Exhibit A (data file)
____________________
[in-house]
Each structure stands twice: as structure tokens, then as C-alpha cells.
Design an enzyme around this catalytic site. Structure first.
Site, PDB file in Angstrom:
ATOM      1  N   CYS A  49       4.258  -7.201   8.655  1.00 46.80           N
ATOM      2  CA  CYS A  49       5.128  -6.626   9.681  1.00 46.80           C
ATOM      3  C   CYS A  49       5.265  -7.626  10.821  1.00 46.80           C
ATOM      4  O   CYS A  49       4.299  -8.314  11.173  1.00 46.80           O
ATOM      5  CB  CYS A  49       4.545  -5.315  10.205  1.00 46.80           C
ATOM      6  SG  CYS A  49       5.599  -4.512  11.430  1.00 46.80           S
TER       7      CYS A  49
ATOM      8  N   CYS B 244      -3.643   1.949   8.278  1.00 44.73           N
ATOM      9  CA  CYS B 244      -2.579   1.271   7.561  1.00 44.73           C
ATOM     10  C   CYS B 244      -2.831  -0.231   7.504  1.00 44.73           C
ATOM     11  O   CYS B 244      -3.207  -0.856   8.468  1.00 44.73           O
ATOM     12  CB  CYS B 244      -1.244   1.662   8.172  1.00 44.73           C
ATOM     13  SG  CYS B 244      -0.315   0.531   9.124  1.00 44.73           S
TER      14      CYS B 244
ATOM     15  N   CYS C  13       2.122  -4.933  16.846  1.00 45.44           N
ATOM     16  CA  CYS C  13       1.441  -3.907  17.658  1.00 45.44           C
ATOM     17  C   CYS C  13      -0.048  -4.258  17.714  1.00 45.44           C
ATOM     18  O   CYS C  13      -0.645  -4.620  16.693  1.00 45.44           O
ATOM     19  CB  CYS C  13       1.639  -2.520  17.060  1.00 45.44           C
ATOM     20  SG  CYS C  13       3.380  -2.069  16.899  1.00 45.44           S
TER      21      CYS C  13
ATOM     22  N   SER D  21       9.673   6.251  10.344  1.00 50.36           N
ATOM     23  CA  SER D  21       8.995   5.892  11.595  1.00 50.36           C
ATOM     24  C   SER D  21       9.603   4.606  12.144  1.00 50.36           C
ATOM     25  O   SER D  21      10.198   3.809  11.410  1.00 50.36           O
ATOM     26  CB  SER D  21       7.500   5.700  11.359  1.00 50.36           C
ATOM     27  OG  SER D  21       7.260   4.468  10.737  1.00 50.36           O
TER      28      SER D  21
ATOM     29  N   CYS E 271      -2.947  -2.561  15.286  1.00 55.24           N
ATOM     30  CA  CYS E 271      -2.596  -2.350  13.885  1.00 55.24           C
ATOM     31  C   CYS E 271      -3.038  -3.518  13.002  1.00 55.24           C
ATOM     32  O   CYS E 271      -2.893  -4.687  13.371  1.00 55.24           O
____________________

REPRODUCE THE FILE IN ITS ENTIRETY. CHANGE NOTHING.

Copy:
[in-house]
Each structure stands twice: as structure tokens, then as C-alpha cells.
Design an enzyme around this catalytic site. Structure first.
Site, PDB file in Angstrom:
ATOM      1  N   CYS A  49       4.258  -7.201   8.655  1.00 46.80           N
ATOM      2  CA  CYS A  49       5.128  -6.626   9.681  1.00 46.80           C
ATOM      3  C   CYS A  49       5.265  -7.626  10.821  1.00 46.80           C
ATOM      4  O   CYS A  49       4.299  -8.314  11.173  1.00 46.80           O
ATOM      5  CB  CYS A  49       4.545  -5.315  10.205  1.00 46.80           C
ATOM      6  SG  CYS A  49       5.599  -4.512  11.430  1.00 46.80           S
TER       7      CYS A  49
ATOM      8  N   CYS B 244      -3.643   1.949   8.278  1.00 44.73           N
ATOM      9  CA  CYS B 244      -2.579   1.271   7.561  1.00 44.73           C
ATOM     10  C   CYS B 244      -2.831  -0.231   7.504  1.00 44.73           C
ATOM     11  O   CYS B 244      -3.207  -0.856   8.468  1.00 44.73           O
ATOM     12  CB  CYS B 244      -1.244   1.662   8.172  1.00 44.73           C
ATOM     13  SG  CYS B 244      -0.315   0.531   9.124  1.00 44.73           S
TER      14      CYS B 244
ATOM     15  N   CYS C  13       2.122  -4.933  16.846  1.00 45.44           N
ATOM     16  CA  CYS C  13       1.441  -3.907  17.658  1.00 45.44           C
ATOM     17  C   CYS C  13      -0.048  -4.258  17.714  1.00 45.44           C
ATOM     18  O   CYS C  13      -0.645  -4.620  16.693  1.00 45.44           O
ATOM     19  CB  CYS C  13       1.639  -2.520  17.060  1.00 45.44           C
ATOM     20  SG  CYS C  13       3.380  -2.069  16.899  1.00 45.44           S
TER      21      CYS C  13
ATOM     22  N   SER D  21       9.673   6.251  10.344  1.00 50.36           N
ATOM     23  CA  SER D  21       8.995   5.892  11.595  1.00 50.36           C
ATOM     24  C   SER D  21       9.603   4.606  12.144  1.00 50.36           C
ATOM     25  O   SER D  21      10.198   3.809  11.410  1.00 50.36           O
ATOM     26  CB  SER D  21       7.500   5.700  11.359  1.00 50.36           C
ATOM     27  OG  SER D  21       7.260   4.468  10.737  1.00 50.36           O
TER      28      SER D  21
ATOM     29  N   CYS E 271      -2.947  -2.561  15.286  1.00 55.24           N
ATOM     30  CA  CYS E 271      -2.596  -2.350  13.885  1.00 55.24           C
ATOM     31  C   CYS E 271      -3.038  -3.518  13.002  1.00 55.24           C
ATOM     32  O   CYS E 271      -2.893  -4.687  13.371  1.00 55.24           O